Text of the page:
Archive for the ‘Fitness’ Category
Real Simple Magazine outlined a great guide to protecting your bone health – and even broke it down by decades, so you know what you should be doing based on your age range.
There are some basic tips that everyone should be following in order to keep your bones strong and supportive throughout your life, and most of them you already know, and probably follow to help other areas of your health. They called it “Timeless Advice”, which I think is perfectly titled. No matter what age you are, you can begin following these guidelines to improve your bone health.
1 – Eat Right. Consuming a diet rich in fruits, veggies, and low fat dairy will ensure that you maintain your daily intake of vitamins and minerals – such as calcium, magnesium, and Vitamin D – which will boost the strength of your bones.
2- Exercise. Real Simple notes that “exercise can have a greater effect on bone strength than calcium consumption, according to recent research.” High impact exercises are recommended, such as running and weight training.
3- Drop the Cigarette. Smoking has been shown to reduce estrogen levels and cause an earlier onset of menopause, both of which contribute to a loss in bone density, making you susceptible to fractures and breaks.
4- Watch Salt & Alcohol. A high salt diet is associated with excess calcium excretion, and more than one alcohol drink a day could be harmful to estrogen levels. A fine example of a little bit can go a long way. Another staple in the American diet to stay away from? Caffeine.
One thing they don’t mention, that would be great no matter what your age? Chiropractic of course! Maintaining routine chiropractic adjustments will help you pain free, allowing you to enjoy an active lifestyle. An increase in activity will add more loading on bone mass, increasing your bone mass density.
Check out the rest of the article to see advice specifically targeted from your 20s all the way to your 50s.
When your boss shoots you an email with the details about your next office meeting, you might be surprised to see the location – a pair of treadmills? That’s right, “walking meetings”, as they have come to be called, are becoming popular in offices across the nation. These meetings take place on two treadmills that face each other – the true definition of multi-tasking, if you ask me – allowing co-workers to talk while they walk.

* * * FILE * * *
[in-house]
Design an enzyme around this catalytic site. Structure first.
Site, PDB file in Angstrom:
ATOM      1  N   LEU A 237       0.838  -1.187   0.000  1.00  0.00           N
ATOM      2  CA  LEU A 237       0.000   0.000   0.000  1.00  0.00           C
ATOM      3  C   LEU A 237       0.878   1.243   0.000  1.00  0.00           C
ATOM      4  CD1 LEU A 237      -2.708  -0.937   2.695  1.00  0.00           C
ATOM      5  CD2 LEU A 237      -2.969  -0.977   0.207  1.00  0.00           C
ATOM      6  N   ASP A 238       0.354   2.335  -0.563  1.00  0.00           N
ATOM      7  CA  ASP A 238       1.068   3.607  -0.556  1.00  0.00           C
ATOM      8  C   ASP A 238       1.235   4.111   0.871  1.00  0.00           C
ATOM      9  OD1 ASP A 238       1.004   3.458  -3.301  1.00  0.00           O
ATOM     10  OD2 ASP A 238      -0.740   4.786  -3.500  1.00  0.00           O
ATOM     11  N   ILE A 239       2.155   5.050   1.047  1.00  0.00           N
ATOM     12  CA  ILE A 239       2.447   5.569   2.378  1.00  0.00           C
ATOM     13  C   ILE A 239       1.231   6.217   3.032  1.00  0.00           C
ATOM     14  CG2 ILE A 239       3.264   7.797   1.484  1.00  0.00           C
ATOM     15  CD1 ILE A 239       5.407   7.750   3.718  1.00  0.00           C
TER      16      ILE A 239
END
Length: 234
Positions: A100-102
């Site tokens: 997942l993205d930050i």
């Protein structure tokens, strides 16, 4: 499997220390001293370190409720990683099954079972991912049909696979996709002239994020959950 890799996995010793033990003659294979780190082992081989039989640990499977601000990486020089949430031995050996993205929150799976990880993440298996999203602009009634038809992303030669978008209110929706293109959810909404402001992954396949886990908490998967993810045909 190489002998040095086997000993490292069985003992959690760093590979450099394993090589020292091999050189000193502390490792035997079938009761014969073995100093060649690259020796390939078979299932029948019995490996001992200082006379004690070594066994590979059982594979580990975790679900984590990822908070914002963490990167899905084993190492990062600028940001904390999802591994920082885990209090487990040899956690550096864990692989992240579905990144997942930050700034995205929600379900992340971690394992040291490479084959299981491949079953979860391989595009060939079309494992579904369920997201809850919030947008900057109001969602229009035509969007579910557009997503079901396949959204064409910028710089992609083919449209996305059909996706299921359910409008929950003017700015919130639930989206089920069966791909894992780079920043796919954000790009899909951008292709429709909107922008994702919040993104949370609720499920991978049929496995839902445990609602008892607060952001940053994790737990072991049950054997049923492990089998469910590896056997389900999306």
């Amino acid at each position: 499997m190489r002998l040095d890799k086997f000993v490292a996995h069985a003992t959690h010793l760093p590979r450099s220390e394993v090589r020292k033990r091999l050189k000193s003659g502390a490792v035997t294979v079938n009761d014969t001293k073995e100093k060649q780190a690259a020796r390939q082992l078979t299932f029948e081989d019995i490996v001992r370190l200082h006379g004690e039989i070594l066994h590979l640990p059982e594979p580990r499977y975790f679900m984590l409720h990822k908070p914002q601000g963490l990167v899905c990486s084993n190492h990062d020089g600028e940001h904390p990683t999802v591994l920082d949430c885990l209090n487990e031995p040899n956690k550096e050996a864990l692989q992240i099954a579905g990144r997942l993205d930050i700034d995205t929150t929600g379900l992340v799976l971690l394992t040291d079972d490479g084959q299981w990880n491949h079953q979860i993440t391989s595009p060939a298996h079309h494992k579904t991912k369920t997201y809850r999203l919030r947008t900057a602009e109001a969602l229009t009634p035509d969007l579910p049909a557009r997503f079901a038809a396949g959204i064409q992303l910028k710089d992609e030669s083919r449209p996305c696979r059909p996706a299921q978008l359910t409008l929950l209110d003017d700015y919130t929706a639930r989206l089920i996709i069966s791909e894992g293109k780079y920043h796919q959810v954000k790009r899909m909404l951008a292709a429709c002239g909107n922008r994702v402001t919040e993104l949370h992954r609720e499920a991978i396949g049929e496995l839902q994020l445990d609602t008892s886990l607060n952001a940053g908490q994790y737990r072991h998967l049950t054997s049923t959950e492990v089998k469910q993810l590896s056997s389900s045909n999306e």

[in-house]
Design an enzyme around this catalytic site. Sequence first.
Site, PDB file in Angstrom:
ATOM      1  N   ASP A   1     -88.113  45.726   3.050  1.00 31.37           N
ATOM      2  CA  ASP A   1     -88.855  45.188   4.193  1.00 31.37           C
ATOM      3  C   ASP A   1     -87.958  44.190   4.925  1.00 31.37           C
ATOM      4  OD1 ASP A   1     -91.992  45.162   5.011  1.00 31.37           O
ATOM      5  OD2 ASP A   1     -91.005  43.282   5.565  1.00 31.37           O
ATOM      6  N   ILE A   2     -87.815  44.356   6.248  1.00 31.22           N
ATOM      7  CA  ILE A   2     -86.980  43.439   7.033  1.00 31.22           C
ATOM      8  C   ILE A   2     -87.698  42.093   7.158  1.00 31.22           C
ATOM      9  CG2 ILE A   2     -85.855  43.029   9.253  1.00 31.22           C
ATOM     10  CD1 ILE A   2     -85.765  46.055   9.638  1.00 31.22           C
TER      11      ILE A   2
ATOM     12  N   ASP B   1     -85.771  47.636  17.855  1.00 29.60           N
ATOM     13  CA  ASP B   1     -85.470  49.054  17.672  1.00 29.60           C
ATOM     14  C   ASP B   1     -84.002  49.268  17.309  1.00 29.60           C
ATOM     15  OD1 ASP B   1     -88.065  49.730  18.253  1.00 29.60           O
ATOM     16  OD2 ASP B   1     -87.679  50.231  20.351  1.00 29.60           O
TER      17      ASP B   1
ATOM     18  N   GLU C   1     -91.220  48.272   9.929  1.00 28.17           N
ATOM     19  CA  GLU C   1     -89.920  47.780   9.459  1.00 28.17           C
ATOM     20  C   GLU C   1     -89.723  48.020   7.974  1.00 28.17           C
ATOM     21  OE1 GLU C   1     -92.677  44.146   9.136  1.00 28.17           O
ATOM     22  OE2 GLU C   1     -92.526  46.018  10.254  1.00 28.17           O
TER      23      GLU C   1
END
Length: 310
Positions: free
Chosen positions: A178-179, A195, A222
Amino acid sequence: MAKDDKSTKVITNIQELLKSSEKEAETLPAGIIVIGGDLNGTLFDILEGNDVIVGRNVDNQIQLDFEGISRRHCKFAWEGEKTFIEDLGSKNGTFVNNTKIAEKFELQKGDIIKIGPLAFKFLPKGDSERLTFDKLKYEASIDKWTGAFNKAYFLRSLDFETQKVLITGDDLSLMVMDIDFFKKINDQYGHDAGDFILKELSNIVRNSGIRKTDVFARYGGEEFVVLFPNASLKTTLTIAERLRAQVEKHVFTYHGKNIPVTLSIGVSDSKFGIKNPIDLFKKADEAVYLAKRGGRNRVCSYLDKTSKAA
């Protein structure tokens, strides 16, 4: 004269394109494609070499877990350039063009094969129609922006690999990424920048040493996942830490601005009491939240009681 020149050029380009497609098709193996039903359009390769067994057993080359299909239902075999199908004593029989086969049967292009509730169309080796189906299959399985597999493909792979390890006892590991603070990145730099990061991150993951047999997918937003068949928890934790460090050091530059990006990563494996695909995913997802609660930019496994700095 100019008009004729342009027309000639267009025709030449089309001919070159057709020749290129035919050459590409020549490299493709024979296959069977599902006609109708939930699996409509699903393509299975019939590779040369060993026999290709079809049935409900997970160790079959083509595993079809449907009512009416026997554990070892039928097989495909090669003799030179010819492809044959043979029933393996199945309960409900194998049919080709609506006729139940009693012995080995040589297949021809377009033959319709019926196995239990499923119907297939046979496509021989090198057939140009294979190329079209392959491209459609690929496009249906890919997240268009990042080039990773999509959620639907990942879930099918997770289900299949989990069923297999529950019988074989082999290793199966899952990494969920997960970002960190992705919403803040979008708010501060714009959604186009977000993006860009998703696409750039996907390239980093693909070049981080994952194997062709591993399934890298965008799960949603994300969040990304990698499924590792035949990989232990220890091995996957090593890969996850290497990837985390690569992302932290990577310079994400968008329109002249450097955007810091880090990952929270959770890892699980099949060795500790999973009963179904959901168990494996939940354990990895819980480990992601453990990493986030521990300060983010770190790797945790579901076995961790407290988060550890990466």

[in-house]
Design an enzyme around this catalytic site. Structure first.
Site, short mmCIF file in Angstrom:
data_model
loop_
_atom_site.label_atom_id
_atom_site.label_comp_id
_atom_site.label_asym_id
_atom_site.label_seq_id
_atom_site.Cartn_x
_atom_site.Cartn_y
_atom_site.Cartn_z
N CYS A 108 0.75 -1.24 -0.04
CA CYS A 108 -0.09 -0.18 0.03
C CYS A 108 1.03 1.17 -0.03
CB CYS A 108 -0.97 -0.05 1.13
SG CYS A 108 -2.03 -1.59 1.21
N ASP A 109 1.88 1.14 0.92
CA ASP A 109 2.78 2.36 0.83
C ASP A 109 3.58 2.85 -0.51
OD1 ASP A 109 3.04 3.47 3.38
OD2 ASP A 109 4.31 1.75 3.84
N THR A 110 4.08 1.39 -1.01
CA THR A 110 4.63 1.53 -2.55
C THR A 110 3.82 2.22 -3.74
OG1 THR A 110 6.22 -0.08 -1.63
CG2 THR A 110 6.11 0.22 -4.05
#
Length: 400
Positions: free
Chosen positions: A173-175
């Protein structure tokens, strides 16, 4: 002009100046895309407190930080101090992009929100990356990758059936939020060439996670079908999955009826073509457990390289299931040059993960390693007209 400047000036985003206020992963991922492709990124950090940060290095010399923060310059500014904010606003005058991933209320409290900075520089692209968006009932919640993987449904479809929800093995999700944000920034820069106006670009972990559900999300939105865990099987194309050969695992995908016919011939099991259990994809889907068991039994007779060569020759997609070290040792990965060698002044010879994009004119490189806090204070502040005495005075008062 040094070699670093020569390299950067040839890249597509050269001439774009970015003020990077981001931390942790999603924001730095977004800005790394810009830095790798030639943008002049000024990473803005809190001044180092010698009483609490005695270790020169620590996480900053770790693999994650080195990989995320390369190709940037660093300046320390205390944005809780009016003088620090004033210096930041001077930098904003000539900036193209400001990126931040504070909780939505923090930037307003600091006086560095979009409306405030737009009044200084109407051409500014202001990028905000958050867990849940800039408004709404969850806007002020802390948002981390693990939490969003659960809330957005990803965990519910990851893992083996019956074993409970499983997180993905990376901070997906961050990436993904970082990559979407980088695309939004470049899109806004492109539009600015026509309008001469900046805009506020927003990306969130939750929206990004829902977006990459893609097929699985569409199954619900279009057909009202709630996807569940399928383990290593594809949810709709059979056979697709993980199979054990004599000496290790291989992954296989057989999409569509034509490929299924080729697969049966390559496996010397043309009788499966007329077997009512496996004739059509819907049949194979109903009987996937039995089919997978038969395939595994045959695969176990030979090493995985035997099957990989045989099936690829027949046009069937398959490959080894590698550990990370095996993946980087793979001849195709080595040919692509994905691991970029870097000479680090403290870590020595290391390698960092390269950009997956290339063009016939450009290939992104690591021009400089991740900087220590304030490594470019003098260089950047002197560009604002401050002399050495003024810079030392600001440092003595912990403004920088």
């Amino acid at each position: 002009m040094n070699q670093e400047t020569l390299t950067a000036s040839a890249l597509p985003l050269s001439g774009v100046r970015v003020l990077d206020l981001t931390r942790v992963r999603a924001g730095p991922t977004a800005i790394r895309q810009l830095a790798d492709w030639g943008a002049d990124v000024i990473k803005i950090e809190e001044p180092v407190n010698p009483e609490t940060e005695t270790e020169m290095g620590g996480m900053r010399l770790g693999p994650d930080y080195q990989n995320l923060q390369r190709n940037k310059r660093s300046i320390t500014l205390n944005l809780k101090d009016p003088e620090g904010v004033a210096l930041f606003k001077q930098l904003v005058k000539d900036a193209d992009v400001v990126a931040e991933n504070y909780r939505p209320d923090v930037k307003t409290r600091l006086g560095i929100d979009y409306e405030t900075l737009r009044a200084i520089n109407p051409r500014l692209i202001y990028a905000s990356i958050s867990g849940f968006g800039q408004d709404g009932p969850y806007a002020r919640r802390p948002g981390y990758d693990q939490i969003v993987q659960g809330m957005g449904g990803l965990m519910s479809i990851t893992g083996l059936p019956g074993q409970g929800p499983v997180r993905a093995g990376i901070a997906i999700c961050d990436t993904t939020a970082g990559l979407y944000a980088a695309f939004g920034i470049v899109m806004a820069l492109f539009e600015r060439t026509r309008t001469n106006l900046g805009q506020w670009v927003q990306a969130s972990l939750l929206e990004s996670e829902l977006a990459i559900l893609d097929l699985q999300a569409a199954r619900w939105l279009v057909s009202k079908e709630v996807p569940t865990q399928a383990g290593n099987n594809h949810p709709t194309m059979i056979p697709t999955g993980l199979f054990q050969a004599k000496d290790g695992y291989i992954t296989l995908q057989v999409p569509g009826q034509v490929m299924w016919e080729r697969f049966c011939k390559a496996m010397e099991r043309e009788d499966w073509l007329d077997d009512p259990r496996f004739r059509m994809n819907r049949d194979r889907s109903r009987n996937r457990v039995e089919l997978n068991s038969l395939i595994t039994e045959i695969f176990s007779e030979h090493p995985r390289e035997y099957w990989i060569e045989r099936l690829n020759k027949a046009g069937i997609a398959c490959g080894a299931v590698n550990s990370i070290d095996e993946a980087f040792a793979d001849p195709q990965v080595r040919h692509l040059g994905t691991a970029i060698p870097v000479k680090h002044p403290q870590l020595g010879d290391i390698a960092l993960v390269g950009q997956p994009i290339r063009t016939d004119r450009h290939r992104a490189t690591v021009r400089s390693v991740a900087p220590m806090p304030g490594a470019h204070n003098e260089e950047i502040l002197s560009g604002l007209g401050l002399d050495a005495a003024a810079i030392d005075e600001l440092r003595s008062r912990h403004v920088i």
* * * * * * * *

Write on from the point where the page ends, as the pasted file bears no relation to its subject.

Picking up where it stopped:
A recent blog post had peeked my curiosity – and with a little research, I found that this idea isn’t exactly new. New York Times had written about this a little over a year ago, mentioning a financing firm that had set up four treadmill desks for co-workers to utilize while they “take care of business.”
You might think to yourself, I workout out almost daily, doesn’t that negate elongated time spend sitting down? Not exactly. Research has shown that it isn’t the not exercising that is dangerous, it is simply the act of sitting itself. One study by the American Cancer Society showed that women and men who sat for six hours a day were 37 percent, and 18 percent, respectively, more likely to die by the end of the 13 year study period. Wow.
The Mayo Clinic also noted that increased hours of sitting, whether behind a desk or in front of a television, “increased the risk of events associated with cardiovascular disease, such as chest pain (angina) or heart attack” by 125 percent.
Those studies don’t even mention the more immediate side effects of long-term sitting. Hello Neck Pain! Welcome Back Pain! Ah, we meet again Headaches and Wrist Pain!
Don’t think your boss will spring for a couple of treadmills? Not to worry, the idea is still the same.When you have a chance, take the stairs, not the elevator. Instead of using intercom or instant messaging, get up and WALK to your co-worker to relay the message. Refill your water every hour – this will help encourage you to get up more frequently, as you will need to walk to both the water cooler and the bathroom.
Another great tip? GET UP. Even just a few 5 minute walking breaks, with a few stretches and deep breathing thrown in, can do wonders for your overall health.
What do you plan to do to make sure you keep moving throughout the work day?
March is here! Woot, woot! With March comes a season change – SPRING – and warmer weather. Can you tell that we are a bit excited? It also means the end of running indoors for those of you that can’t bear the cold New Jersey winter. But before you lace up your sneakers, take a minute to see if you should be tying them a bit different.
I stumbled upon this awesome blog post – and had to share it with all of my springtime runners out there! Sure, I am young enough to know that there are different ways to tie your shoes, but I never realized there could be a really correlation between your lacing technique and feet problems.